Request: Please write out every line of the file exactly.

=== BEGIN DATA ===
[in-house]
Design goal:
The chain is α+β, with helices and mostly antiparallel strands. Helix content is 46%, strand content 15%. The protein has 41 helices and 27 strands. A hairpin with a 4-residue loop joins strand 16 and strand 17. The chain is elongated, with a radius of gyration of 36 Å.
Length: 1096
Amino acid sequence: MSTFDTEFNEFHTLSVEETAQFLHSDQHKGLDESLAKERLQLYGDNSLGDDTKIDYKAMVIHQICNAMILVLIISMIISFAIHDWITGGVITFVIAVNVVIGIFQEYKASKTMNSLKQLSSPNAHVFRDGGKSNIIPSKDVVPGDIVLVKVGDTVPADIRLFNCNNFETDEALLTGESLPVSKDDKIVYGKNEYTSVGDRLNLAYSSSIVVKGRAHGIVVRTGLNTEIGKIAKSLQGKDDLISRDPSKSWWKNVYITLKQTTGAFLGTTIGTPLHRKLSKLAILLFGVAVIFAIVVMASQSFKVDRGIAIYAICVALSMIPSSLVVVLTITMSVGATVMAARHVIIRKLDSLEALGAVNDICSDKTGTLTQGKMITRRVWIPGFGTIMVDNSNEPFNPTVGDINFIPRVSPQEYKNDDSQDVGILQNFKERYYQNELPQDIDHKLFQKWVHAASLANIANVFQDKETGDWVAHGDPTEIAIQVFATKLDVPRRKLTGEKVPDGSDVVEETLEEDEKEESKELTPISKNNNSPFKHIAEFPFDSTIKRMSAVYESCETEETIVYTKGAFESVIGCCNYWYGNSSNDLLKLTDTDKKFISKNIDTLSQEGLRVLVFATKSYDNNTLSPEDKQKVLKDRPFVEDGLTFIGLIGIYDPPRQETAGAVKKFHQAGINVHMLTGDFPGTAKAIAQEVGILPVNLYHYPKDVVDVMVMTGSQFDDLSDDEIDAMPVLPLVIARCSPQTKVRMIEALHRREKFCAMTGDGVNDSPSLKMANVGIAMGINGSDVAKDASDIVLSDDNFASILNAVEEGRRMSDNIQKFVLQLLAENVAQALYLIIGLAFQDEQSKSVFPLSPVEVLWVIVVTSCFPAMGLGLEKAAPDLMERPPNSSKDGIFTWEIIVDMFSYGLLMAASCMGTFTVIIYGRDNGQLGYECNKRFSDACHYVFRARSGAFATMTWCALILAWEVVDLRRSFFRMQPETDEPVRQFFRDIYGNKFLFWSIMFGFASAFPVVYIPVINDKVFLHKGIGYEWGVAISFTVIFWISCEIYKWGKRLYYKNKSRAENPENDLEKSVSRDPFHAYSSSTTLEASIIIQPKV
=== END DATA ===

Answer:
[in-house]
Design goal:
The chain is α+β, with helices and mostly antiparallel strands. Helix content is 46%, strand content 15%. The protein has 41 helices and 27 strands. A hairpin with a 4-residue loop joins strand 16 and strand 17. The chain is elongated, with a radius of gyration of 36 Å.
Length: 1096
Amino acid sequence: MSTFDTEFNEFHTLSVEETAQFLHSDQHKGLDESLAKERLQLYGDNSLGDDTKIDYKAMVIHQICNAMILVLIISMIISFAIHDWITGGVITFVIAVNVVIGIFQEYKASKTMNSLKQLSSPNAHVFRDGGKSNIIPSKDVVPGDIVLVKVGDTVPADIRLFNCNNFETDEALLTGESLPVSKDDKIVYGKNEYTSVGDRLNLAYSSSIVVKGRAHGIVVRTGLNTEIGKIAKSLQGKDDLISRDPSKSWWKNVYITLKQTTGAFLGTTIGTPLHRKLSKLAILLFGVAVIFAIVVMASQSFKVDRGIAIYAICVALSMIPSSLVVVLTITMSVGATVMAARHVIIRKLDSLEALGAVNDICSDKTGTLTQGKMITRRVWIPGFGTIMVDNSNEPFNPTVGDINFIPRVSPQEYKNDDSQDVGILQNFKERYYQNELPQDIDHKLFQKWVHAASLANIANVFQDKETGDWVAHGDPTEIAIQVFATKLDVPRRKLTGEKVPDGSDVVEETLEEDEKEESKELTPISKNNNSPFKHIAEFPFDSTIKRMSAVYESCETEETIVYTKGAFESVIGCCNYWYGNSSNDLLKLTDTDKKFISKNIDTLSQEGLRVLVFATKSYDNNTLSPEDKQKVLKDRPFVEDGLTFIGLIGIYDPPRQETAGAVKKFHQAGINVHMLTGDFPGTAKAIAQEVGILPVNLYHYPKDVVDVMVMTGSQFDDLSDDEIDAMPVLPLVIARCSPQTKVRMIEALHRREKFCAMTGDGVNDSPSLKMANVGIAMGINGSDVAKDASDIVLSDDNFASILNAVEEGRRMSDNIQKFVLQLLAENVAQALYLIIGLAFQDEQSKSVFPLSPVEVLWVIVVTSCFPAMGLGLEKAAPDLMERPPNSSKDGIFTWEIIVDMFSYGLLMAASCMGTFTVIIYGRDNGQLGYECNKRFSDACHYVFRARSGAFATMTWCALILAWEVVDLRRSFFRMQPETDEPVRQFFRDIYGNKFLFWSIMFGFASAFPVVYIPVINDKVFLHKGIGYEWGVAISFTVIFWISCEIYKWGKRLYYKNKSRAENPENDLEKSVSRDPFHAYSSSTTLEASIIIQPKV